Ransomware is one of the most dangerous forms of cyber attacks around. It can affect organisations of any size and in any industry. For example, the NHS was hit by a WannaCry ransom attack that left the British state health system at a standstill for several days.
CyberSecurity Ventures believes the cost to the global economy of ransomware attacks will rise to $20 billion by the end of 2022. In fact, they predict that there is a ransomware attack on a business or organisation every 11 seconds.
What is ransomware? How would one of these malicious attacks cost your business? Who is behind them? What should you do if you’re hit with a double extortion ransomware attack?
In this article, we’ll answer some key common questions about ransomware and help you protect your organisation from its devastating impact.
Ransomware is a type of cyber attack where malicious software (malware) encrypts an organisation’s files, databases and applications and “holds them ransom” by asking for a large payment sum to unlock their data.
Attackers can first gain access to your network to install the malware. Many ransomware attacks are viruses or trojans that hide in files downloaded from the internet or through an email attachment.
Less commonly, criminals may target your organisation specifically and may even try to gain access to your physical systems to install the malware onto your network.
A ransomware program will then use asymmetric encryption to scramble your data using complex mathematical equations and generate a public-private pair of keys. These keys are the solutions to these equations and are the only way to unlock your data.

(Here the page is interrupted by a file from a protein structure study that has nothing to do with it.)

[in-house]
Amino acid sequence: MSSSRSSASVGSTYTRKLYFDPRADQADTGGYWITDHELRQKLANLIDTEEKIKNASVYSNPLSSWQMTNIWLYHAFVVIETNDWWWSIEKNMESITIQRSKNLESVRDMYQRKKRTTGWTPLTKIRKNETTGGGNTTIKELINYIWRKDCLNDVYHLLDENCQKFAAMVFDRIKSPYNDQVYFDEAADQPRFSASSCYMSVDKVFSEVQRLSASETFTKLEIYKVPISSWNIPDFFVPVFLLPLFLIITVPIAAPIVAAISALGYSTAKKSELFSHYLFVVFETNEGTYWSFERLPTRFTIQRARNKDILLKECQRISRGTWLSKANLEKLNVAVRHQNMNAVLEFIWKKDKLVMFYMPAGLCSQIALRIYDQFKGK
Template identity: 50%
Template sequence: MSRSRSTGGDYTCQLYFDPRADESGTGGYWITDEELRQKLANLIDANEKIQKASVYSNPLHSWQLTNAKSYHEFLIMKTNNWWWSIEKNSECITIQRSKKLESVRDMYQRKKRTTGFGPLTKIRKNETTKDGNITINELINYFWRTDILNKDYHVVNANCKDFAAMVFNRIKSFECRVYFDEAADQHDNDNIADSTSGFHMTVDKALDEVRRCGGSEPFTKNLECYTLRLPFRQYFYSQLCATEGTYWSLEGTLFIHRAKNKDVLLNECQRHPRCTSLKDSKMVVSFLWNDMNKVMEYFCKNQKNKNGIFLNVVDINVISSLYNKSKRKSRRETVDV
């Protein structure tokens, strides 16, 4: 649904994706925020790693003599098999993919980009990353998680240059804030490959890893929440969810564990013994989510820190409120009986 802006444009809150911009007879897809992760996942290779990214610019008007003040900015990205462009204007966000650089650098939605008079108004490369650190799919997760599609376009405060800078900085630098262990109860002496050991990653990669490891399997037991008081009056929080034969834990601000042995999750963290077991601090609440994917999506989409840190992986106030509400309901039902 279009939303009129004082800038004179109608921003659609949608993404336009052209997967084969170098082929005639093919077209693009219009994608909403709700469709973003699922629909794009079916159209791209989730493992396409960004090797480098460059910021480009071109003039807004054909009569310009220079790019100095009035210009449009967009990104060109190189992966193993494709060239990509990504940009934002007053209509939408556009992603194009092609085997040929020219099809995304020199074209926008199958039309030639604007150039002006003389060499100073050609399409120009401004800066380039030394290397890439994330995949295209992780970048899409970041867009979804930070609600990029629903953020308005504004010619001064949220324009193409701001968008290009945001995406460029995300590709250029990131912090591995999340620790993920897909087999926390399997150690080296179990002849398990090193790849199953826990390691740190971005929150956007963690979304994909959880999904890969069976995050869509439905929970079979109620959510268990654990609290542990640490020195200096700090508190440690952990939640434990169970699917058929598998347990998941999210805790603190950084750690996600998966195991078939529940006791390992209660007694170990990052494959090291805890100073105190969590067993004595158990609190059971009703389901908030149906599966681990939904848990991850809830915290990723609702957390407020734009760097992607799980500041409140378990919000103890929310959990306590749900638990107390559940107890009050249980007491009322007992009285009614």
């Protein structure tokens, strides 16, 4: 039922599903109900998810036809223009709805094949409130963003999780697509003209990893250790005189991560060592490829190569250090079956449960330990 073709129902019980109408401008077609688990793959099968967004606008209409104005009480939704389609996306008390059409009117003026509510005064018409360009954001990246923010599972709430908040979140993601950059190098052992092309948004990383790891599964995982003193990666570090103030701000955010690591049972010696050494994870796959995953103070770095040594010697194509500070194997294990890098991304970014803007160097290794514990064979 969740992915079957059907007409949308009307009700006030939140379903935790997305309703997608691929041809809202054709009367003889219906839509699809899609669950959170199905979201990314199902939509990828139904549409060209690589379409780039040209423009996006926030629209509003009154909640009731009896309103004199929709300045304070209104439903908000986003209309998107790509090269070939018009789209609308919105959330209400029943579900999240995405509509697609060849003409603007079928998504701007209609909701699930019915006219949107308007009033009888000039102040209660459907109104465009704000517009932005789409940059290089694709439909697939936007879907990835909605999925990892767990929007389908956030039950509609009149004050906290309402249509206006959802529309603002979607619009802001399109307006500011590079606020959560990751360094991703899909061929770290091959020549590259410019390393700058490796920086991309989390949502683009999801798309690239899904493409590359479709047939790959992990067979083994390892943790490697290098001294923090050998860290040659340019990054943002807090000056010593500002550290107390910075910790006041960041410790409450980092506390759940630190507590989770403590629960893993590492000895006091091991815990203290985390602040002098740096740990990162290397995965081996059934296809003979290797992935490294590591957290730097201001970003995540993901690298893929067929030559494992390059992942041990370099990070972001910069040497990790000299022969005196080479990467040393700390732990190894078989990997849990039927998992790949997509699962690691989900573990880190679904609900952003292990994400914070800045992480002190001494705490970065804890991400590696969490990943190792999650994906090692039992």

It may also spread across to other systems or even other organisations if it detects security vulnerabilities in your network. That’s exactly what WannaCry achieved in the NHS.
The criminals will then demand a sum of money in exchange for the private key.
The AIDS Trojan, also known as the PC Cyborg virus, was responsible for the first ransomware attack ever. Back in 1989, biologist Joseph Popp sent 20,000 floppy disks to the attendees of the United Nations AIDS conference.
The program would hide the directories and encrypt the files on the host computer’s main drive. Popp demanded $189 be sent to PC Cyborg Corporation via a PO box in Panama to regain access.
In reality, the AIDS Trojan was pretty straightforward to crack as the encryption methods used weren’t particularly complex. However, that is not the case today – as many encryption procedures are impossible to decrypt without the private key.
If a ransomware virus successfully infects your network, all your critical files and applications will be inaccessible. Even if you don’t pay the high ransom fees, the cost of recovering data and fixing system damage is particularly dear.
According to Sophos, the average cost of a ransomware attack on a UK business stands at an eye-watering $1.96 million (£1.7 million).
For small and medium businesses (SMBs) that aren’t prepared to defend against an attack of this scale, a ransomware attack could be too costly to come back from. In fact, almost 60% of SMBs go out of business within six months of a cyber attack.
Unlike other forms of cyber attacks, many ransomware attacks are carried out by organised groups known as ransomware gangs. There is a fair bit of infrastructure needed to facilitate these attacks – from distributing malware to accepting payment and sending private keys.